Before you go any further, I just need to make sure you’ve read a post written by The Champaign Room’s Steve Braun. If you haven’t read the piece he wrote earlier this week about the Illinois football rebuild, please do so before proceeding.
Now that we’ve gotten that out of the way, I can hold off on saying the “p” word because Steve put this season in perspective about as well as anyone can.
Just about everyone I talked to knew this game was going to be a blowout. The discussion was whether or not Ohio State would beat Illinois by 35 or 55. I made my pick of 45-6 as the final score before I knew Chayce Crouch would start at quarterback, but I should haven known better anyways at this point in the season.
When Ohio State scored with about eight minutes left in the first half to go up 38-0, I should’ve just turned it off. But, alas, as an Illinois fan, I revel in self-deprecation, so I continued watching. Obviously, you know that it didn’t get any better (i.e. Urban Meyer essentially called off the dogs by the time the second half started).
Just about every weekend since I joined the Champaign Room, I’ve written a column on what happened during the football game each Saturday. It’s been somewhat the same message every week: criticize the bad, try and identify the good and stay positive as Lovie continues to push this program into the future.
As the season has worn on, it has been difficult to stay positive. I’m sure many of you have become tired of hearing about how many freshman are playing and what this team might look like in two years. I’m with you — but it’s also true. If I were to characterize this season in two words, it would be inexperience and injuries.
Since you read Steve’s post about the future of Illinois football, you are aware that this season was doomed from the start. The game against Western Kentucky gave Illini fans hope, but Illinois was never in a position to win. I had a meeting with one of the associate athletic directors this past spring, and one of the things he told me was that they were careful not to directly advertise the ‘We Will Win’ mantra on football billboards and social media because the athletic department wasn’t sure if the football team was “going to be there yet.” He was more correct than I could have ever realized at the time.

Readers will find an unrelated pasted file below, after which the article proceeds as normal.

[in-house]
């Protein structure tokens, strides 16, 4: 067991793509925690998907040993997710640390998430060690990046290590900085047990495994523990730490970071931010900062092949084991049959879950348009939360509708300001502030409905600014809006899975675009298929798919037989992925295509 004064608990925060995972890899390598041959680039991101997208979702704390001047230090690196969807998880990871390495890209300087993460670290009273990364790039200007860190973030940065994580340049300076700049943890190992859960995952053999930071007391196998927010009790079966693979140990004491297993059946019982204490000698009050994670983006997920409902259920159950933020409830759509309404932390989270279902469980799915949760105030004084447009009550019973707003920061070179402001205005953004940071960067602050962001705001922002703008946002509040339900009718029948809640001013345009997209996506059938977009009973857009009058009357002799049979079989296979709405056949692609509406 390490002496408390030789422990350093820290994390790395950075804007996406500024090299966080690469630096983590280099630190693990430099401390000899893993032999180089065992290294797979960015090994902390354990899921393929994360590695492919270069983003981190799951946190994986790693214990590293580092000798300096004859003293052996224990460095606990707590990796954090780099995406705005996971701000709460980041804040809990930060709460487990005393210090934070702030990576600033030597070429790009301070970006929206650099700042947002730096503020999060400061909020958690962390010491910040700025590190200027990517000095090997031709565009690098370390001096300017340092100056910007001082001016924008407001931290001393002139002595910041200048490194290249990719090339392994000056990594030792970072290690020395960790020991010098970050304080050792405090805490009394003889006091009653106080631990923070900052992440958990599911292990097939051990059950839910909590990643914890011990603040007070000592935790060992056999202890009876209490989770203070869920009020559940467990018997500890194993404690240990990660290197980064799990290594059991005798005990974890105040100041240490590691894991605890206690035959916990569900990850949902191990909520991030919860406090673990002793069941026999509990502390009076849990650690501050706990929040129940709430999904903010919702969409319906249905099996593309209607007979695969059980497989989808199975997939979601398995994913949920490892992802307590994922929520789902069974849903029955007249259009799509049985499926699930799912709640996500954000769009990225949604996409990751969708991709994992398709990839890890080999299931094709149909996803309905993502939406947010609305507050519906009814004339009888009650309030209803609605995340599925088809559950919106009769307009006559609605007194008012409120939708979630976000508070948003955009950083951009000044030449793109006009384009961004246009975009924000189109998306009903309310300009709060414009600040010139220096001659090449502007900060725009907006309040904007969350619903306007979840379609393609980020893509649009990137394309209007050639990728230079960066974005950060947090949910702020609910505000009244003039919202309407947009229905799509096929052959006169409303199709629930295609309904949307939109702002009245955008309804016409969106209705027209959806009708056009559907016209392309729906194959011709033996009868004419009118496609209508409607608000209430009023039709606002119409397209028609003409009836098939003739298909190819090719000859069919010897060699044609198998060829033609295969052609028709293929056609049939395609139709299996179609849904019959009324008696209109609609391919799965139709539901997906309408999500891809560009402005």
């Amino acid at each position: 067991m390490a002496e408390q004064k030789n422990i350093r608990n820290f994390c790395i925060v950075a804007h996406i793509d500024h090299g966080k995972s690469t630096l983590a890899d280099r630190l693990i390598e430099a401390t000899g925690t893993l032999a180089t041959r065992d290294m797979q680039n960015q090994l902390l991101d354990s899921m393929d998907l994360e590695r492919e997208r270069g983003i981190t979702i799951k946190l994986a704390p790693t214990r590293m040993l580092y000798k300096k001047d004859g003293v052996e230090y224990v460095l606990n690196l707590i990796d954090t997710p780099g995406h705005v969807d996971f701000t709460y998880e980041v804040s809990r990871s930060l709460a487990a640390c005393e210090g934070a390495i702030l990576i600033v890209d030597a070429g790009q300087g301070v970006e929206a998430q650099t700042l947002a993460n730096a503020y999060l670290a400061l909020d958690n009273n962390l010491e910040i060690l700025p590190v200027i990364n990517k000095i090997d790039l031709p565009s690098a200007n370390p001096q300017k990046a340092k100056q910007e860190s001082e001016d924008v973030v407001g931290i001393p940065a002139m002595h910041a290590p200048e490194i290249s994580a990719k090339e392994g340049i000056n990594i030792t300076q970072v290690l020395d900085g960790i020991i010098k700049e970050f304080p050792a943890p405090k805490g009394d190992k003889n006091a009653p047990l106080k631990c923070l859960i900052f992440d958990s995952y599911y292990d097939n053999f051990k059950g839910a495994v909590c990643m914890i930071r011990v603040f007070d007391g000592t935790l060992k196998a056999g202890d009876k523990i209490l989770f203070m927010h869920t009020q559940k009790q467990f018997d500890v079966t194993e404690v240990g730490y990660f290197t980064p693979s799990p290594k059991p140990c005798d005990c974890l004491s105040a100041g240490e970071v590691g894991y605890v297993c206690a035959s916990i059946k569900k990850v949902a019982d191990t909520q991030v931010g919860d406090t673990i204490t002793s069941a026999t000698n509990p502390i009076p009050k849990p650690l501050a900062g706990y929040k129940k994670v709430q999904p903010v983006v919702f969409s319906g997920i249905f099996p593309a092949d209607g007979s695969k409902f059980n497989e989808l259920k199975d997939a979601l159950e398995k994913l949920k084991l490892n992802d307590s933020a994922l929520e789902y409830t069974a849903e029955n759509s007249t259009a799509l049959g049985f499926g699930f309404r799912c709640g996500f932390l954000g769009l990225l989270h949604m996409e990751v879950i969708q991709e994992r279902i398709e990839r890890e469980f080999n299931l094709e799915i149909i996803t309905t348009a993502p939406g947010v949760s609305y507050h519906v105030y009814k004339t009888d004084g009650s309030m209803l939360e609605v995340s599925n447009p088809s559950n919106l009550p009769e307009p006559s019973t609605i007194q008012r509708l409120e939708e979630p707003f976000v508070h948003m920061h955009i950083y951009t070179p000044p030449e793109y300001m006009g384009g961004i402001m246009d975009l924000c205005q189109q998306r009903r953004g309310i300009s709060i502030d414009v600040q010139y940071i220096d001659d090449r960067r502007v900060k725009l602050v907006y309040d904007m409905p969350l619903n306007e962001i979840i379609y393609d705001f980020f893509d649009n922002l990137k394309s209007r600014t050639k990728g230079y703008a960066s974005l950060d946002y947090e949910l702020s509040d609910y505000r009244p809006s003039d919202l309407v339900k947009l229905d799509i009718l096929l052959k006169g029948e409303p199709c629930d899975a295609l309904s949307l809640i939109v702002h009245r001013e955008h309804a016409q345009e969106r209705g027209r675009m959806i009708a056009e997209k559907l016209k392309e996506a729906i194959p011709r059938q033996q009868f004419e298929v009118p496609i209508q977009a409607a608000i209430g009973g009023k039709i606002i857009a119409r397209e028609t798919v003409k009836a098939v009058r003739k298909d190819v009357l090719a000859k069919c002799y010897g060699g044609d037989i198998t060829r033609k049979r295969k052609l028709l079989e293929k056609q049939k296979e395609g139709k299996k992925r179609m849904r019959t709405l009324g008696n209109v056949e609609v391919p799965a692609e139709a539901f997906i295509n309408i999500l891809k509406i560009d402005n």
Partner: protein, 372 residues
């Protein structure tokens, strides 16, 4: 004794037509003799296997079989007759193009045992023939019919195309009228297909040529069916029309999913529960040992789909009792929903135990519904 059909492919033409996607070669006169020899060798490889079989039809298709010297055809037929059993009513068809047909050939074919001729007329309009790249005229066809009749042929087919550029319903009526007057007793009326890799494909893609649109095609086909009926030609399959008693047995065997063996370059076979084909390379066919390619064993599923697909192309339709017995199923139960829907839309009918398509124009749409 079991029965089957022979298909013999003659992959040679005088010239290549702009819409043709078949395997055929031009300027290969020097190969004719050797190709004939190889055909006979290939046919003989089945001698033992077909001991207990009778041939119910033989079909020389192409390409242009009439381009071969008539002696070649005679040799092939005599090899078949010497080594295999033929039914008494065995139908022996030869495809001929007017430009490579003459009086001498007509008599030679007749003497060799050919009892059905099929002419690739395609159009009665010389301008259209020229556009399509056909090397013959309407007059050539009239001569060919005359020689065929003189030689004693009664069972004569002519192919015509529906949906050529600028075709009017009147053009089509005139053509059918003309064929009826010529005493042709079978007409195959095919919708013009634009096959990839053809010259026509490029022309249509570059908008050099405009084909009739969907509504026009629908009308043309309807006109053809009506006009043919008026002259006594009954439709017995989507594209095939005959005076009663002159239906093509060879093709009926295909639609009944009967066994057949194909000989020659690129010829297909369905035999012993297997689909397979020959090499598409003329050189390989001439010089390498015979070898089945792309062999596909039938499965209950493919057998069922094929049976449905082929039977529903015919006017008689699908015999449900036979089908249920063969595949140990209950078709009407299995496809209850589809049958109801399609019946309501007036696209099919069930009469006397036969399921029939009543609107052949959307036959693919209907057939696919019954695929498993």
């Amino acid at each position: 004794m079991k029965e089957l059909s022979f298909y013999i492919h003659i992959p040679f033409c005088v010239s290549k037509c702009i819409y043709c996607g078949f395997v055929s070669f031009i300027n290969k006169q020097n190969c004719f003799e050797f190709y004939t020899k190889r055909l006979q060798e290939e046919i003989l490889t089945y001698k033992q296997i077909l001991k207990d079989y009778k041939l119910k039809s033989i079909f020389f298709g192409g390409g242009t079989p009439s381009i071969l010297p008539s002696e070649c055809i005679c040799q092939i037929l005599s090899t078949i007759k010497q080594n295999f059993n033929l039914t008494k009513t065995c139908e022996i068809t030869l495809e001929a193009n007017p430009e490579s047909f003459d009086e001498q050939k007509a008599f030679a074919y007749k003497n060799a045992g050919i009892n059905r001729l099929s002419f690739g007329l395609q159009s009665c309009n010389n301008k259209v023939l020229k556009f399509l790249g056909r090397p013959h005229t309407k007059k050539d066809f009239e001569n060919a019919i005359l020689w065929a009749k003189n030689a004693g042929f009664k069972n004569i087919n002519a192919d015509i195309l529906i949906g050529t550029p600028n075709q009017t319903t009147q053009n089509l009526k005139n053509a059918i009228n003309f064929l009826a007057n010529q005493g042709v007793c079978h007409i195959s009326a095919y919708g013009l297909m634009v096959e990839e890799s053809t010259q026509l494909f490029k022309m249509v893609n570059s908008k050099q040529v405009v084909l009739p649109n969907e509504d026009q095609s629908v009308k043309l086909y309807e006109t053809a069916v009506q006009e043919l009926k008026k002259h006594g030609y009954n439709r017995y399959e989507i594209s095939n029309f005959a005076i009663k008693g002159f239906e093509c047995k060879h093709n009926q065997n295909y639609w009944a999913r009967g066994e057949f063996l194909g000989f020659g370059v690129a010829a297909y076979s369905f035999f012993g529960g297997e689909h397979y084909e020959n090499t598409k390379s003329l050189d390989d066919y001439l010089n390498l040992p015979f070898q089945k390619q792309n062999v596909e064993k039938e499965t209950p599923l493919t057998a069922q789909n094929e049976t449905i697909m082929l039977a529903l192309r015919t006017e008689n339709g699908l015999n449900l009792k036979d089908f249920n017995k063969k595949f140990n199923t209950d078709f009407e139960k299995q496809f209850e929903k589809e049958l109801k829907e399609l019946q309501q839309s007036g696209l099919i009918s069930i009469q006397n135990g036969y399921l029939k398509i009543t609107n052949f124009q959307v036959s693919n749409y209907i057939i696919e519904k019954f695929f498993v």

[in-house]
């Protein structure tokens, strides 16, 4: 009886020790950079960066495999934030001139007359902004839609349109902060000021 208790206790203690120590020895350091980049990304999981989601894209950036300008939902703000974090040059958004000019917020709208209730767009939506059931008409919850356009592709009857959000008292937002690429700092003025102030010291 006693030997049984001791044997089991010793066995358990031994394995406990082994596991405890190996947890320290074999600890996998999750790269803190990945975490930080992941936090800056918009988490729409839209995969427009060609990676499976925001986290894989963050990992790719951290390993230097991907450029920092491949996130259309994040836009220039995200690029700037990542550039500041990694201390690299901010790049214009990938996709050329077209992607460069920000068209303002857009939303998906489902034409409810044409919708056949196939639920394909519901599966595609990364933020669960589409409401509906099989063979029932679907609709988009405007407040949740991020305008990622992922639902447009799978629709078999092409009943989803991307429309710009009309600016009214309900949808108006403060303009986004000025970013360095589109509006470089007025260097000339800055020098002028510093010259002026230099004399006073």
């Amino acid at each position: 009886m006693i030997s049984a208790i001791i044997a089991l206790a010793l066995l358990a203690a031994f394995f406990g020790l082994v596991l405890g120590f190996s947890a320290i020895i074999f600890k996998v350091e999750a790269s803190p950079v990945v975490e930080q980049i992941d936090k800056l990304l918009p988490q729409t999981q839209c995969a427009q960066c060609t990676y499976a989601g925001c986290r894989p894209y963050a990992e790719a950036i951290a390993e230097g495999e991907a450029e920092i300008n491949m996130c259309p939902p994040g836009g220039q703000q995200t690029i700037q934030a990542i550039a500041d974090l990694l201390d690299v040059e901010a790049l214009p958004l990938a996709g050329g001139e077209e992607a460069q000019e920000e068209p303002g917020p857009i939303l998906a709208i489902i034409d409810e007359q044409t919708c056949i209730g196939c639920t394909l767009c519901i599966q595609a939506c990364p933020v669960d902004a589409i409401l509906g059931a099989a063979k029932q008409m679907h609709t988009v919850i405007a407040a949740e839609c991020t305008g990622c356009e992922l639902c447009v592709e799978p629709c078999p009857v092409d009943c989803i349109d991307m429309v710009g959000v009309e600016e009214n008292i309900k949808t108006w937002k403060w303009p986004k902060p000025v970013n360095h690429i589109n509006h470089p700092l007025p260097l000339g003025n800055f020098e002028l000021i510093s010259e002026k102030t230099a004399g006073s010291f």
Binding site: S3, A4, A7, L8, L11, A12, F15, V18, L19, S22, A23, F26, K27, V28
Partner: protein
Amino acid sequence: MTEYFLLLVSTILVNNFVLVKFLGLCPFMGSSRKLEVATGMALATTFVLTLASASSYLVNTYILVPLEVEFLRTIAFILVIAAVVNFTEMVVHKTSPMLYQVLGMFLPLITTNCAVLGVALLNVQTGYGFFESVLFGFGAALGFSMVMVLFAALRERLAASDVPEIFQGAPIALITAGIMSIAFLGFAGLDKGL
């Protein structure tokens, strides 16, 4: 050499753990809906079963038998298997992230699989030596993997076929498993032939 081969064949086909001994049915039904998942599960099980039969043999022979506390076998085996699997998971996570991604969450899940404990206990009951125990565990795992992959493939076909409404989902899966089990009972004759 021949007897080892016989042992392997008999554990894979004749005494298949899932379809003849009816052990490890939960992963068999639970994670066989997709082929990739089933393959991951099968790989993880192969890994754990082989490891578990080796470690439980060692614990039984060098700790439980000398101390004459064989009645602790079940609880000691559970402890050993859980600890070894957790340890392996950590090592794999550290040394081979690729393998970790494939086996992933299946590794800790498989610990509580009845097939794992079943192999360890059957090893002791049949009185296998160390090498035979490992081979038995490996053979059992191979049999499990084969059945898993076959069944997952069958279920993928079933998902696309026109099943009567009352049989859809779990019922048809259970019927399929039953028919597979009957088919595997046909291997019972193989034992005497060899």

I have a newsflash for you: the team also won’t be there yet next year. The ‘waiting game’ that Illinois football has been in is going to take even longer. I know you might not be ready to hear that.
If Illinois goes 2-10 this year, I would consider it a victory if the team wins four or five games next year.
Anyway, my main point was about inexperience and injuries. I’ve talked about the inexperience at several points this year.
Tim Beckman and Bill Cubit didn’t do this program a lot of favors in the recruitment department — Illinois’ recruiting classes since 2014 haven’t been good. It’s clear to see those two guys didn’t work out. Have you seen Matt Campbell at Iowa State? He’s the actual reason Toledo was good before Illinois hired Beckman away from the Rockets.
This Illinois team is young, perhaps the youngest team the NCAA has ever seen. Lovie brought in the best recruiting class in a while and those guys have gotten the opportunity to play and gain valuable experience. Freshmen mistakes? They will happen. In two years, if this team is still 2-10, I’ll be more concerned. For now, consider them growing pains.
Additionally, I think injuries have been a under-discussed topic on this team. Amidst all the youth of this team, some of the most important players have been lost to injury.
We saw it in Columbus. Chayce Crouch was forced into starting against Ohio State after a season of a quarterback carousel, and even he got hurt, which forced walk-on Cam Miller into the game. (Hey, props to Cam Miller on an awesome running touchdown to preserve the cover and make his dream of playing for the Illini a reality!)
Mike Dudek, Mike Epstein, Ra’Von Bonner, Malik Turner, Cam Thomas and Tony Adams have all been missing for a significant amount of time this season.
What do you get when you combine all these injuries with 79 cumulative freshman starts? A 2-10 record.
Brian Griese was on the call yesterday, and he got into discussions about the situation the football program is in. He spoke to the fact that Lovie is committed to this job and that Whitman has given him a “leash” to where he can be successful. Any national columnists who say otherwise are simply uninformed.
I’ll get off my soapbox now. The good news is we only have one more week of football to endure before we can focus solely on basketball.